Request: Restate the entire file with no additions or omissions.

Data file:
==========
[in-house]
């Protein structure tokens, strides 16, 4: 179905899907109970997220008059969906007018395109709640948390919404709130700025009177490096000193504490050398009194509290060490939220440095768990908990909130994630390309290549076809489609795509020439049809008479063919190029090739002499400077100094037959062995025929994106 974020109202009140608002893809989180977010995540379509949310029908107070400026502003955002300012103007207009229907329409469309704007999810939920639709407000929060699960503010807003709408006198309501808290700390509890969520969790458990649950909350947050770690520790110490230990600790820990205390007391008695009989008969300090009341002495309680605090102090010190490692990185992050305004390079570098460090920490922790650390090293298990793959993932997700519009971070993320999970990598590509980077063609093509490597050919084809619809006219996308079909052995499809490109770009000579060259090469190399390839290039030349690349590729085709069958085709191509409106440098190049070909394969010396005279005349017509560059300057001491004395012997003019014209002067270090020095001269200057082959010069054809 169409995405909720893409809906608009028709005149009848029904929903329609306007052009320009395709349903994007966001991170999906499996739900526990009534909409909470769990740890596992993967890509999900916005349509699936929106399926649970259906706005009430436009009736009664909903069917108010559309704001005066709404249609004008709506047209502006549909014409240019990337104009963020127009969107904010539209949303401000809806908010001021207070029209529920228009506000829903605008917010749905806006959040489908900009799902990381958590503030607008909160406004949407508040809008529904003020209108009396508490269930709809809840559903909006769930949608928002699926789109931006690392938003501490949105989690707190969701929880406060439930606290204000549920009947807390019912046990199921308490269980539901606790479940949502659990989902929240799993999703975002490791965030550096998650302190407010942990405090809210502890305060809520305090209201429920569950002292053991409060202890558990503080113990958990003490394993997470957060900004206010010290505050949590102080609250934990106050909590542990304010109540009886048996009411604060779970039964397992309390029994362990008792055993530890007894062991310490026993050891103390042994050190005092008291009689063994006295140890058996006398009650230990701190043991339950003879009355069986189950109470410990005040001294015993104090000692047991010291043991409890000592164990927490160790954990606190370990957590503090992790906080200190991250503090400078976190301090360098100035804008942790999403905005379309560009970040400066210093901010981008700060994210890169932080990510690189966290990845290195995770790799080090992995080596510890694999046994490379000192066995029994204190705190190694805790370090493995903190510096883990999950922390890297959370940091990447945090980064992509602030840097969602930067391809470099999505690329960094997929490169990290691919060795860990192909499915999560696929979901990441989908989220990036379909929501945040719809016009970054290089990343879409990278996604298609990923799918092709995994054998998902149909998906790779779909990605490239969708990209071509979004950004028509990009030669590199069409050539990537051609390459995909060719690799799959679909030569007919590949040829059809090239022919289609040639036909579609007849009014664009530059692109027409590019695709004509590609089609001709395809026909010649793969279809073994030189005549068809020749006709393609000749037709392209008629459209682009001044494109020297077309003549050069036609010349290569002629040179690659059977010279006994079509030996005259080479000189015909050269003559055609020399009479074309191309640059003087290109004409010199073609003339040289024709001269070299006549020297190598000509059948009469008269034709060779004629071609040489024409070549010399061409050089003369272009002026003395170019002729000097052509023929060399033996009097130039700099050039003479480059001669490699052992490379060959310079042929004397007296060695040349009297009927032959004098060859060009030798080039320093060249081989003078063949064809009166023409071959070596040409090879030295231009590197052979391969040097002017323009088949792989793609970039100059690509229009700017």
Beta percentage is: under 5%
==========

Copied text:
[in-house]
């Protein structure tokens, strides 16, 4: 179905899907109970997220008059969906007018395109709640948390919404709130700025009177490096000193504490050398009194509290060490939220440095768990908990909130994630390309290549076809489609795509020439049809008479063919190029090739002499400077100094037959062995025929994106 974020109202009140608002893809989180977010995540379509949310029908107070400026502003955002300012103007207009229907329409469309704007999810939920639709407000929060699960503010807003709408006198309501808290700390509890969520969790458990649950909350947050770690520790110490230990600790820990205390007391008695009989008969300090009341002495309680605090102090010190490692990185992050305004390079570098460090920490922790650390090293298990793959993932997700519009971070993320999970990598590509980077063609093509490597050919084809619809006219996308079909052995499809490109770009000579060259090469190399390839290039030349690349590729085709069958085709191509409106440098190049070909394969010396005279005349017509560059300057001491004395012997003019014209002067270090020095001269200057082959010069054809 169409995405909720893409809906608009028709005149009848029904929903329609306007052009320009395709349903994007966001991170999906499996739900526990009534909409909470769990740890596992993967890509999900916005349509699936929106399926649970259906706005009430436009009736009664909903069917108010559309704001005066709404249609004008709506047209502006549909014409240019990337104009963020127009969107904010539209949303401000809806908010001021207070029209529920228009506000829903605008917010749905806006959040489908900009799902990381958590503030607008909160406004949407508040809008529904003020209108009396508490269930709809809840559903909006769930949608928002699926789109931006690392938003501490949105989690707190969701929880406060439930606290204000549920009947807390019912046990199921308490269980539901606790479940949502659990989902929240799993999703975002490791965030550096998650302190407010942990405090809210502890305060809520305090209201429920569950002292053991409060202890558990503080113990958990003490394993997470957060900004206010010290505050949590102080609250934990106050909590542990304010109540009886048996009411604060779970039964397992309390029994362990008792055993530890007894062991310490026993050891103390042994050190005092008291009689063994006295140890058996006398009650230990701190043991339950003879009355069986189950109470410990005040001294015993104090000692047991010291043991409890000592164990927490160790954990606190370990957590503090992790906080200190991250503090400078976190301090360098100035804008942790999403905005379309560009970040400066210093901010981008700060994210890169932080990510690189966290990845290195995770790799080090992995080596510890694999046994490379000192066995029994204190705190190694805790370090493995903190510096883990999950922390890297959370940091990447945090980064992509602030840097969602930067391809470099999505690329960094997929490169990290691919060795860990192909499915999560696929979901990441989908989220990036379909929501945040719809016009970054290089990343879409990278996604298609990923799918092709995994054998998902149909998906790779779909990605490239969708990209071509979004950004028509990009030669590199069409050539990537051609390459995909060719690799799959679909030569007919590949040829059809090239022919289609040639036909579609007849009014664009530059692109027409590019695709004509590609089609001709395809026909010649793969279809073994030189005549068809020749006709393609000749037709392209008629459209682009001044494109020297077309003549050069036609010349290569002629040179690659059977010279006994079509030996005259080479000189015909050269003559055609020399009479074309191309640059003087290109004409010199073609003339040289024709001269070299006549020297190598000509059948009469008269034709060779004629071609040489024409070549010399061409050089003369272009002026003395170019002729000097052509023929060399033996009097130039700099050039003479480059001669490699052992490379060959310079042929004397007296060695040349009297009927032959004098060859060009030798080039320093060249081989003078063949064809009166023409071959070596040409090879030295231009590197052979391969040097002017323009088949792989793609970039100059690509229009700017």
Beta percentage is: under 5%